Wherein some things are too close to write about, but you gotta write anyways…

klnohogIt’s odd, but in the middle of a panic attack, even the worst one in seventeen years, one is still capable of a lucid thought or two or three. A couple of weeks ago I was at a new psychiatrist’s office attempting to get my meds refilled. However, Dr. Bela Agabalyan thought I was an alcoholic whose only purpose for being in her office was to score Klonopin. You know, because the three-hour nap Klonopin brings on really gets a party going.

She refused to listen to me, even when I pointed out that I didn’t need the Klonopin refilled anyways, and could we please talk about my bipolars. “I see two diseases here: bipolar and excessive alcohol use!” she snapped. It should be pointed out that according to the info available to her I drank three times a week for a total of five drinks a week. I’m really not much of a drinker. My interaction with her proved that weird corollary that the more one says they don’t drink all that much, the more people think you have a flask of Beam strapped to your thigh.

Nothing is more frustrating than when people who are wrong don’t listen to me. And when you don’t listen to me, your reward is a panic attack. Usually, these consist of me storming out of a room in a huff, but I needed my meds. I was trapped. Trapped in a room with a stupid person gets you a doozy of a panic attack. I might even punch a wall (or in this case a Purell dispenser). Trap me in a room with stupid person the same day I receive the news that I’m wildly diabetic and a few days after my beloved stepmom dies, Katie bar the door.

Literally bar the door Katie, because I’m going to start beating my head into it. Which is what I did, well over a dozen times. Yet, even though I was having by what any standard was a psychotic break, I was still capable of some lucid thoughts…

  • This has got to look bad.
  • Why isn’t Dr. Bela Agabalyan telling me to stop? People always tell me to stop banging my head. What is her problem?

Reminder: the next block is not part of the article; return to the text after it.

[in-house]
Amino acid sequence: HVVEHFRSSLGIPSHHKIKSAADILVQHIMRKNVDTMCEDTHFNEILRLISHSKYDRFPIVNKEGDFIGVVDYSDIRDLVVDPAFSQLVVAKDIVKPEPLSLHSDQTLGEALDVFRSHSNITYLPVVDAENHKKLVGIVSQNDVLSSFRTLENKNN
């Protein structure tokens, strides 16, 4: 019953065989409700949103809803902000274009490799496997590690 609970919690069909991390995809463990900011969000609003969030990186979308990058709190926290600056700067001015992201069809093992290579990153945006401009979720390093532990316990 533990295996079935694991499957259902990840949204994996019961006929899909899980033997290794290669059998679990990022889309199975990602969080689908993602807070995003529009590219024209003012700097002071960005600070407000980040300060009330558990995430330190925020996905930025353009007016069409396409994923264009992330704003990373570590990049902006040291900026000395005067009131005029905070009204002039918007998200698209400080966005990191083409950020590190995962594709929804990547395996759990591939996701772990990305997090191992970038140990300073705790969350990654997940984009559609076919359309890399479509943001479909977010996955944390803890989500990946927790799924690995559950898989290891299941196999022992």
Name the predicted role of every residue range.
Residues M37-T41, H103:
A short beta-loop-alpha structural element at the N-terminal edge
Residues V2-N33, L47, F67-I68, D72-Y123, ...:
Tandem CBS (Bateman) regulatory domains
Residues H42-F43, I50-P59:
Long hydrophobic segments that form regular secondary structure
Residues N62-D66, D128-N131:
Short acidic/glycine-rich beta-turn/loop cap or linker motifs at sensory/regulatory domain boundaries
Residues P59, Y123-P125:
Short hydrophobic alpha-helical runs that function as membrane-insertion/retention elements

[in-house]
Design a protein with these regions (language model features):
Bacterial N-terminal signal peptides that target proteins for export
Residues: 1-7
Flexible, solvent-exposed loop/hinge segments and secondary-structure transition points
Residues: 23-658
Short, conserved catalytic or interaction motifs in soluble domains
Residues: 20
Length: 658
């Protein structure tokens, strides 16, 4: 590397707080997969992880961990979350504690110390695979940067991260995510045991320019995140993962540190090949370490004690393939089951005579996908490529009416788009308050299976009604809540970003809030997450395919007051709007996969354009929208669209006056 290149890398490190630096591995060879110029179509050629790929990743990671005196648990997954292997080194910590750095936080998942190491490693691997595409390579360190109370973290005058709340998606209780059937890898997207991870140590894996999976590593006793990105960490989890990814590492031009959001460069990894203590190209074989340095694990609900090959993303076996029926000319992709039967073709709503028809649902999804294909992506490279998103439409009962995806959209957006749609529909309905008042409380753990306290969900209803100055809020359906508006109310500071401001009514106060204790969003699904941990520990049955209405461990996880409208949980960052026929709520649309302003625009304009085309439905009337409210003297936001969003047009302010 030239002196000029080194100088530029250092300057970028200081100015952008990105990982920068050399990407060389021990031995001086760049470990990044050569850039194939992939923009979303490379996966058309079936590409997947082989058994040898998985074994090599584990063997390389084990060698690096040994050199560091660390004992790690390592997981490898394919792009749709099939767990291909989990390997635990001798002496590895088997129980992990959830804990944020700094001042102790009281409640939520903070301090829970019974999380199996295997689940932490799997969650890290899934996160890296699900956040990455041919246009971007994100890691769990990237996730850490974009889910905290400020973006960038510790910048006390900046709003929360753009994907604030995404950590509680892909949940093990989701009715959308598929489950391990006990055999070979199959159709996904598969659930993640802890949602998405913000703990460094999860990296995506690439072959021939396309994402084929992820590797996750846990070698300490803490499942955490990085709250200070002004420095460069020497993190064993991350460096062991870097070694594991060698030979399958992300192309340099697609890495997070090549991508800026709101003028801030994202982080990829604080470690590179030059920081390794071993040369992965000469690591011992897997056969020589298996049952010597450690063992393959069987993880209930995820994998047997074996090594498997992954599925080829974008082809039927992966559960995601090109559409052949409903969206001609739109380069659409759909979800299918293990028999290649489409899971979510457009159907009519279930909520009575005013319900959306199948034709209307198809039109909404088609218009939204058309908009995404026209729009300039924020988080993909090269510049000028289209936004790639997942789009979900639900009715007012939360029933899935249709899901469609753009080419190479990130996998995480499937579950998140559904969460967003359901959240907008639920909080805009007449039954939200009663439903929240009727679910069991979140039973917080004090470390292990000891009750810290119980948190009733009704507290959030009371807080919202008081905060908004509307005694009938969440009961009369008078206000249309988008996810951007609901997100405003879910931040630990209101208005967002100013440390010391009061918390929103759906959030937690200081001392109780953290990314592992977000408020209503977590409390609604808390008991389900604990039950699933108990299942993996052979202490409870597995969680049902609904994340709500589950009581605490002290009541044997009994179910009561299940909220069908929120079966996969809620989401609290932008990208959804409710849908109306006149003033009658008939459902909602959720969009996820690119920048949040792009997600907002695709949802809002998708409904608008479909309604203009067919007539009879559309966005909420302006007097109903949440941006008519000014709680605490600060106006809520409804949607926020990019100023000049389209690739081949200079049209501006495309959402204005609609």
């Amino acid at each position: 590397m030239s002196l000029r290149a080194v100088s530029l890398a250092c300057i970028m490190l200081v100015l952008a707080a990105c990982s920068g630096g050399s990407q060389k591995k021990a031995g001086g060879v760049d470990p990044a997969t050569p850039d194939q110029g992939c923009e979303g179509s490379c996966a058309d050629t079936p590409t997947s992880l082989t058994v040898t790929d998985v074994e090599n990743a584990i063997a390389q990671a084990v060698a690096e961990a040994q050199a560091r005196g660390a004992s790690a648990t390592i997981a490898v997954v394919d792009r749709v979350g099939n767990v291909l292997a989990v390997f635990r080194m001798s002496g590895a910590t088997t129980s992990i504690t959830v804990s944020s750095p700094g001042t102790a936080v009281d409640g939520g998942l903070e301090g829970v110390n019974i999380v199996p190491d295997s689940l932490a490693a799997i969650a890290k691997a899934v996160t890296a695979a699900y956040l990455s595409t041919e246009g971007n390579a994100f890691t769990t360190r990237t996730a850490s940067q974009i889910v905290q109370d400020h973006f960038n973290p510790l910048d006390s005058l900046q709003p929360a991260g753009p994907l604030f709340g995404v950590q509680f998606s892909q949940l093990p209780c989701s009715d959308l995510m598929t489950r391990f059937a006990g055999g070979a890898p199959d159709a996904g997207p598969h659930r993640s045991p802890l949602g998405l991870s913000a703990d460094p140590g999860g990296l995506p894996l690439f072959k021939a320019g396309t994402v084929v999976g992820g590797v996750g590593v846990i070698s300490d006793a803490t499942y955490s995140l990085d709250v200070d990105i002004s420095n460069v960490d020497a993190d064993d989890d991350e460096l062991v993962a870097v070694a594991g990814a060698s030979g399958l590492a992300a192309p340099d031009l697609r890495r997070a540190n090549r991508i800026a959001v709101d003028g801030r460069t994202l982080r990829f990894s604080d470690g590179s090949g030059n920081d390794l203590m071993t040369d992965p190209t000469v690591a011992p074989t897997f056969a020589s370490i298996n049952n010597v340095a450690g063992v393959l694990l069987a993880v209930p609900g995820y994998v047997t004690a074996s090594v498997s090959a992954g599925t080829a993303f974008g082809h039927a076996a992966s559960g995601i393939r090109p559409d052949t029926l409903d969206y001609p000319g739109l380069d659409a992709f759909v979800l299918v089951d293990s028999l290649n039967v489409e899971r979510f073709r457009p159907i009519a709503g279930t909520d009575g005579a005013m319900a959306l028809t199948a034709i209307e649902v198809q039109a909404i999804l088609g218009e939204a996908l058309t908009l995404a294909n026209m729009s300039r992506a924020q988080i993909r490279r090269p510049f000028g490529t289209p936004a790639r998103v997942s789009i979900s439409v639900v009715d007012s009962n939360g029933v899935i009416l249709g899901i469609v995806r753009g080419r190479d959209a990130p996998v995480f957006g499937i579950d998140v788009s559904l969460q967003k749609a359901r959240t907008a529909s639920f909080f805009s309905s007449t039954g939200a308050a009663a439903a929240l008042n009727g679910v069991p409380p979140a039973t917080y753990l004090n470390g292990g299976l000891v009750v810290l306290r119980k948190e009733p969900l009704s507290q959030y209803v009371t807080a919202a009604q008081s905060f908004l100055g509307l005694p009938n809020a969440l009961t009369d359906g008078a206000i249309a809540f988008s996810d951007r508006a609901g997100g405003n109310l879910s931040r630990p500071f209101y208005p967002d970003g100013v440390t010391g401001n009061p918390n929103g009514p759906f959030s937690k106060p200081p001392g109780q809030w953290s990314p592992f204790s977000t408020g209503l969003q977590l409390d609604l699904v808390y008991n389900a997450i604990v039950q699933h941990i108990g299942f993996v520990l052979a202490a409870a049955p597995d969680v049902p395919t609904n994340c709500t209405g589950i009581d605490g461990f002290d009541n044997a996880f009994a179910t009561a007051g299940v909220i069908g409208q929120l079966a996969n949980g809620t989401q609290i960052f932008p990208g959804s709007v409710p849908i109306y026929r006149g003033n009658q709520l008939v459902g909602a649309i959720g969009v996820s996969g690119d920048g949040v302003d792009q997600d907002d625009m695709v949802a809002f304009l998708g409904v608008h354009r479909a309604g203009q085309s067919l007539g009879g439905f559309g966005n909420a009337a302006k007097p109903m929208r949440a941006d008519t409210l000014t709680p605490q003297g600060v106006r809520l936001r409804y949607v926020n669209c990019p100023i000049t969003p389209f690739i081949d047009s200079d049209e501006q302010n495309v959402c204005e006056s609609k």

• I’m lucky I don’t need the Klonopin filled because she’s never gonna fill that scrip now, is she?
  • I’m gonna get some good writing out of this.

That’s the solace I take out of whatever misfortune, real or manufactured, life hands me: I can always write about. The universe didn’t give me many gifts when it came to dealing with the world, but it gave me the ability to describe my feelings thru stringing together words and sentences in a pleasing manner, hopefully funny, that helps me understand what went on. And hopefully it helps others, too. Continue reading

Pride Thought 2015: Your Brick and Mortar Pride

Photo by Stonewall Columbus

Photo by Stonewall Columbus

The government cannot bestow dignity, and it cannot take it away.

–Justice Clarence Thomas (Yeah, I just quoted the second biggest judicial prick on the planet, and I realize that the above was surrounded by thought turds of the highest order. Please bear with me.)

STONEWALL NYC

IMG_1776

Copyright: ME

Yesterday as soon as the decision in Obergefell v. Hodges came down, my Facebook feed exploded into rainbows. Friends –the gay ones, the straight ones, and the ones whose whatever they do is none of my business –were busy expressing their approval. Rainbow filters got a work out, from profile pics to some idiot who decided the American Gladiators needed gayulating. As ton of my FB friends are gay guys who live in NYC, by far the most common setting for pictures was the street and park in front of the Stonewall Inn on Christopher Street in the West Village.

But for all the pictures with the bar’s facade in the background, not a single one was taken on the inside.

Zero.

Earlier this week the NYC Landmarks Preservation Commission declared the building that houses the Stonewall Inn an OFFICIAL LANDMARK™. Apparently, this is the first building to be designated as such for its role in the struggle for LGBT rights, even though I’m told Fraunces Tavern regularly featured men in wigs and made a killer appletini back in day. If you are reading this, and you are not aware of the significance of the Stonewall Inn, stop right now and look it up.